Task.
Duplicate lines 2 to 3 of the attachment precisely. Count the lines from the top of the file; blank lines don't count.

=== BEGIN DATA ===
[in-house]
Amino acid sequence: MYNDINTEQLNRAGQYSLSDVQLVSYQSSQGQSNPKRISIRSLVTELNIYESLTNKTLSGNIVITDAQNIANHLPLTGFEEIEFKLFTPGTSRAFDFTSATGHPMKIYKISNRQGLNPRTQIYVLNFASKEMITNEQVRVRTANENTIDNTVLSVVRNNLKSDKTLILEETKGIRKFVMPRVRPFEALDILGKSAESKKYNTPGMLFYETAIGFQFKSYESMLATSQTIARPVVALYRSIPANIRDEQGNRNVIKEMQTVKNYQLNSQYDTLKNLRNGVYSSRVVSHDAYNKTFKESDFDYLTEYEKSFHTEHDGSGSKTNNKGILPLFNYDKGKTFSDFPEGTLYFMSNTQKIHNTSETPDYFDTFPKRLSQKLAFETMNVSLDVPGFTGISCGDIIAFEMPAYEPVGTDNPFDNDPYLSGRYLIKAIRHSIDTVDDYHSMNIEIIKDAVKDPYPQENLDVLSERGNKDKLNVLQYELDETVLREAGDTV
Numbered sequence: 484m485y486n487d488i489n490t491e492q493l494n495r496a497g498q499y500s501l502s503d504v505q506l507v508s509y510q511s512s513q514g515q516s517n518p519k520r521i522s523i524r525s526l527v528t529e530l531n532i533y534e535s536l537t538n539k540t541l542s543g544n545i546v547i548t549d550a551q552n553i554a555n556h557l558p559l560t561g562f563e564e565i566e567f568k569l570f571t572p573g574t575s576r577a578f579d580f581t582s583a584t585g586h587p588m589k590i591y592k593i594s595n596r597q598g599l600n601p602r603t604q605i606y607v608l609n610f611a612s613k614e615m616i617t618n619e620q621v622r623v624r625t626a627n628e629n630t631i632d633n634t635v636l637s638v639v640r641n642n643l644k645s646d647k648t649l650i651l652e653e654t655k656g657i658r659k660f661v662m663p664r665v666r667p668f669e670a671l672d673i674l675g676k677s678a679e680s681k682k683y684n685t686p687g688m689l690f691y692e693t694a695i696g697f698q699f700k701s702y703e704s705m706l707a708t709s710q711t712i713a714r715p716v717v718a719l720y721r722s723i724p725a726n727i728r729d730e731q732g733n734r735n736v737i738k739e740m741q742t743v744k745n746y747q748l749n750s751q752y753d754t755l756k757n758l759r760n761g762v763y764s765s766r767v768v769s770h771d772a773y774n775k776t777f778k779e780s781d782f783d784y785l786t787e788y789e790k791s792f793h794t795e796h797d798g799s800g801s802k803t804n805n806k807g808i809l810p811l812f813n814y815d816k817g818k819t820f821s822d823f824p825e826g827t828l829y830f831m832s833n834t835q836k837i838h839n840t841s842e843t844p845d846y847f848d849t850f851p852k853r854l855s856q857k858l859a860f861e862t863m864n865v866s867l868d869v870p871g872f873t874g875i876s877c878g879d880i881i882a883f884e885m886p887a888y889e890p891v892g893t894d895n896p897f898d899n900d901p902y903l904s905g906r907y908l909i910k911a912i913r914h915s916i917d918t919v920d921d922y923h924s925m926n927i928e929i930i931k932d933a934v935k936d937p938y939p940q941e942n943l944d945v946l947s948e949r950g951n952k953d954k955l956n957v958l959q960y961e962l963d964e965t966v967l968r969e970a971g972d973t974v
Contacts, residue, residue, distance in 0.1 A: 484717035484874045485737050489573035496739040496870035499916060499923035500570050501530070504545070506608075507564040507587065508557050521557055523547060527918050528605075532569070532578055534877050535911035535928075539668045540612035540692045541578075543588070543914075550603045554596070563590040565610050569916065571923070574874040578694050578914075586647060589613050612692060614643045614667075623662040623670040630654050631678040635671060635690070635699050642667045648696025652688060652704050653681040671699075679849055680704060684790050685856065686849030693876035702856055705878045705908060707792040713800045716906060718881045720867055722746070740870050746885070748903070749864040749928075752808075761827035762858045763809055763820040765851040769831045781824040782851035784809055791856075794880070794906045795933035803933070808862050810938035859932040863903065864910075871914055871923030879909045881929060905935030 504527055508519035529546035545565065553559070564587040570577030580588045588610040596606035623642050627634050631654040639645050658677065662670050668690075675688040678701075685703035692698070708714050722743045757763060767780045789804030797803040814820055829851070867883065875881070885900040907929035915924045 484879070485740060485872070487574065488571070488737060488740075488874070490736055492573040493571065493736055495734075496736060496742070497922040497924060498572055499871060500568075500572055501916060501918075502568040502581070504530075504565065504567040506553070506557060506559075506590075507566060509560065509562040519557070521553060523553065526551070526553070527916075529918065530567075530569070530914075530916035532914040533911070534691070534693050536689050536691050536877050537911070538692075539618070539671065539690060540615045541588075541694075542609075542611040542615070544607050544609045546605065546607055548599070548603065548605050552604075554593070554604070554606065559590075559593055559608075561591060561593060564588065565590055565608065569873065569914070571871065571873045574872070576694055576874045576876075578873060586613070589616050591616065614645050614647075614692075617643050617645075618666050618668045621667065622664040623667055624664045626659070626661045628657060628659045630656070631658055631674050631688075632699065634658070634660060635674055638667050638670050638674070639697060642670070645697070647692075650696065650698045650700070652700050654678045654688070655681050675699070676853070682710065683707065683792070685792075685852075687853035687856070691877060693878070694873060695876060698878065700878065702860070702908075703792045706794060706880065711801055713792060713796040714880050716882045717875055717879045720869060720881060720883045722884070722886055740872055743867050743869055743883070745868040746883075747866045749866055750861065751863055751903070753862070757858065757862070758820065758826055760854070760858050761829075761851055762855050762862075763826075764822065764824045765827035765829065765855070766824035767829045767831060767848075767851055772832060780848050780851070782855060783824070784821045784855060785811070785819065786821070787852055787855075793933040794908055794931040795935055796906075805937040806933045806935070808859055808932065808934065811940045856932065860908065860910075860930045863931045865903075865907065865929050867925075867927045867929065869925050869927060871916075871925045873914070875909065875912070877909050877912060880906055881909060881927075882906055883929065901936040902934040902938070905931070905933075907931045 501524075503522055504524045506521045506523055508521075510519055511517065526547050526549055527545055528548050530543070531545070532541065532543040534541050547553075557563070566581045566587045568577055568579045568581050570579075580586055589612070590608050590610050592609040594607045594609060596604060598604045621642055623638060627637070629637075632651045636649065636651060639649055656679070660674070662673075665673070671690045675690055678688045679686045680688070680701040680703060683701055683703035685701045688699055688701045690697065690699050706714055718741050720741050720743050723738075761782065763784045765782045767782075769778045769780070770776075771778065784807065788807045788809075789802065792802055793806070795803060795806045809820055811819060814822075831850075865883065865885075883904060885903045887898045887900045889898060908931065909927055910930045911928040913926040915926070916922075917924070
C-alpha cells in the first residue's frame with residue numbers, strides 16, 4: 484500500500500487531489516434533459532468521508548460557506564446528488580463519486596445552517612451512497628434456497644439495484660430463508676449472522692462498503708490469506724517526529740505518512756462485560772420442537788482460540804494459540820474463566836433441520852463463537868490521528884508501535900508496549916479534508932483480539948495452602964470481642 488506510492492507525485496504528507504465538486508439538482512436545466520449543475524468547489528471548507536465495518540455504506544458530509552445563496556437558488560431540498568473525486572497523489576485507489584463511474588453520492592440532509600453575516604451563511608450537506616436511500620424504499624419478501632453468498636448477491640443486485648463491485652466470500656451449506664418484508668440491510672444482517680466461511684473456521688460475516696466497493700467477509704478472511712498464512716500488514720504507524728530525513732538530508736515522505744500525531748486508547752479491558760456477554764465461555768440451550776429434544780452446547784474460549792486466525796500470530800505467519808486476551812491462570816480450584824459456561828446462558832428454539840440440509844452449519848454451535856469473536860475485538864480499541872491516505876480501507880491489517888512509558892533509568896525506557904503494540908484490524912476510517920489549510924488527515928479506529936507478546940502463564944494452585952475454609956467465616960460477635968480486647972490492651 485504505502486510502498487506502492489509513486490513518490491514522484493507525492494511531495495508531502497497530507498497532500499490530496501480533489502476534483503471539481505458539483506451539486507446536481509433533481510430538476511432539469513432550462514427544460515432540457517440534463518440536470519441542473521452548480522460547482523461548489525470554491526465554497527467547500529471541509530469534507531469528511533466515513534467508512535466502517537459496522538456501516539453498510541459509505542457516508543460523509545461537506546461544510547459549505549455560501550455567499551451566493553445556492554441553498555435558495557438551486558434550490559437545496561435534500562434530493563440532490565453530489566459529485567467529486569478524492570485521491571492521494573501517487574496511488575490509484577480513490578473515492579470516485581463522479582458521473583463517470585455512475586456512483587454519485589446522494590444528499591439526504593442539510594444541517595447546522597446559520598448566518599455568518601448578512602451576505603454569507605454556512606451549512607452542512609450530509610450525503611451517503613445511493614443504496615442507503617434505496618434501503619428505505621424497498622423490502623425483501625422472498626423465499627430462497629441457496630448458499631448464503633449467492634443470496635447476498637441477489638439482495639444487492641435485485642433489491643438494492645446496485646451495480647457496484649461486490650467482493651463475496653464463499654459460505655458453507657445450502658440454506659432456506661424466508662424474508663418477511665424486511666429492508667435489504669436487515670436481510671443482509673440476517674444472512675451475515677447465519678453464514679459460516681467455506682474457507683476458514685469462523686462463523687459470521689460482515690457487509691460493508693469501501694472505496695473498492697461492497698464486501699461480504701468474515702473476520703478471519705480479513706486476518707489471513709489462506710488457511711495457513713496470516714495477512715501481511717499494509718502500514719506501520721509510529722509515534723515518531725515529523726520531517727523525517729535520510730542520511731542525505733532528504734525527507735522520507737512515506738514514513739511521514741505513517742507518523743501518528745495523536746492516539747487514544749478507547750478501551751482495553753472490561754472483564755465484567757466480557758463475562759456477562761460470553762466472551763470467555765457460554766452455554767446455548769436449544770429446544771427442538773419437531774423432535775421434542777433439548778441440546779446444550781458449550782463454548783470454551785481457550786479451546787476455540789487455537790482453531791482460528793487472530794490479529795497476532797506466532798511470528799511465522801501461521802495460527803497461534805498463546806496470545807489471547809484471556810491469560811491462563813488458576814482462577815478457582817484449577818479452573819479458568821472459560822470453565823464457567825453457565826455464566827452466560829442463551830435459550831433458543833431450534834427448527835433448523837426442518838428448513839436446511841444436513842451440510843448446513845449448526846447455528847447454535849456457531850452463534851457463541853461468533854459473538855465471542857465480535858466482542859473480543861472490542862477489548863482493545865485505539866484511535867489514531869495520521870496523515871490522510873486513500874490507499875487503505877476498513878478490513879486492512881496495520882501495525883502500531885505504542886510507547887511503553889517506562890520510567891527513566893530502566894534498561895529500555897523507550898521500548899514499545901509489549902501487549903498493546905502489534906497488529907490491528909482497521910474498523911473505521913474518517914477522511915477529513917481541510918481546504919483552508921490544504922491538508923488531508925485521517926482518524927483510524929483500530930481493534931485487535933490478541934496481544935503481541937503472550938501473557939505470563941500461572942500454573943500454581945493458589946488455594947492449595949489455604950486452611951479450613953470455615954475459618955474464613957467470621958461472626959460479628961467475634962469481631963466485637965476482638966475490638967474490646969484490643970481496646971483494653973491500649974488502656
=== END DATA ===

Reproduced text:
Amino acid sequence: MYNDINTEQLNRAGQYSLSDVQLVSYQSSQGQSNPKRISIRSLVTELNIYESLTNKTLSGNIVITDAQNIANHLPLTGFEEIEFKLFTPGTSRAFDFTSATGHPMKIYKISNRQGLNPRTQIYVLNFASKEMITNEQVRVRTANENTIDNTVLSVVRNNLKSDKTLILEETKGIRKFVMPRVRPFEALDILGKSAESKKYNTPGMLFYETAIGFQFKSYESMLATSQTIARPVVALYRSIPANIRDEQGNRNVIKEMQTVKNYQLNSQYDTLKNLRNGVYSSRVVSHDAYNKTFKESDFDYLTEYEKSFHTEHDGSGSKTNNKGILPLFNYDKGKTFSDFPEGTLYFMSNTQKIHNTSETPDYFDTFPKRLSQKLAFETMNVSLDVPGFTGISCGDIIAFEMPAYEPVGTDNPFDNDPYLSGRYLIKAIRHSIDTVDDYHSMNIEIIKDAVKDPYPQENLDVLSERGNKDKLNVLQYELDETVLREAGDTV
Numbered sequence: 484m485y486n487d488i489n490t491e492q493l494n495r496a497g498q499y500s501l502s503d504v505q506l507v508s509y510q511s512s513q514g515q516s517n518p519k520r521i522s523i524r525s526l527v528t529e530l531n532i533y534e535s536l537t538n539k540t541l542s543g544n545i546v547i548t549d550a551q552n553i554a555n556h557l558p559l560t561g562f563e564e565i566e567f568k569l570f571t572p573g574t575s576r577a578f579d580f581t582s583a584t585g586h587p588m589k590i591y592k593i594s595n596r597q598g599l600n601p602r603t604q605i606y607v608l609n610f611a612s613k614e615m616i617t618n619e620q621v622r623v624r625t626a627n628e629n630t631i632d633n634t635v636l637s638v639v640r641n642n643l644k645s646d647k648t649l650i651l652e653e654t655k656g657i658r659k660f661v662m663p664r665v666r667p668f669e670a671l672d673i674l675g676k677s678a679e680s681k682k683y684n685t686p687g688m689l690f691y692e693t694a695i696g697f698q699f700k701s702y703e704s705m706l707a708t709s710q711t712i713a714r715p716v717v718a719l720y721r722s723i724p725a726n727i728r729d730e731q732g733n734r735n736v737i738k739e740m741q742t743v744k745n746y747q748l749n750s751q752y753d754t755l756k757n758l759r760n761g762v763y764s765s766r767v768v769s770h771d772a773y774n775k776t777f778k779e780s781d782f783d784y785l786t787e788y789e790k791s792f793h794t795e796h797d798g799s800g801s802k803t804n805n806k807g808i809l810p811l812f813n814y815d816k817g818k819t820f821s822d823f824p825e826g827t828l829y830f831m832s833n834t835q836k837i838h839n840t841s842e843t844p845d846y847f848d849t850f851p852k853r854l855s856q857k858l859a860f861e862t863m864n865v866s867l868d869v870p871g872f873t874g875i876s877c878g879d880i881i882a883f884e885m886p887a888y889e890p891v892g893t894d895n896p897f898d899n900d901p902y903l904s905g906r907y908l909i910k911a912i913r914h915s916i917d918t919v920d921d922y923h924s925m926n927i928e929i930i931k932d933a934v935k936d937p938y939p940q941e942n943l944d945v946l947s948e949r950g951n952k953d954k955l956n957v958l959q960y961e962l963d964e965t966v967l968r969e970a971g972d973t974v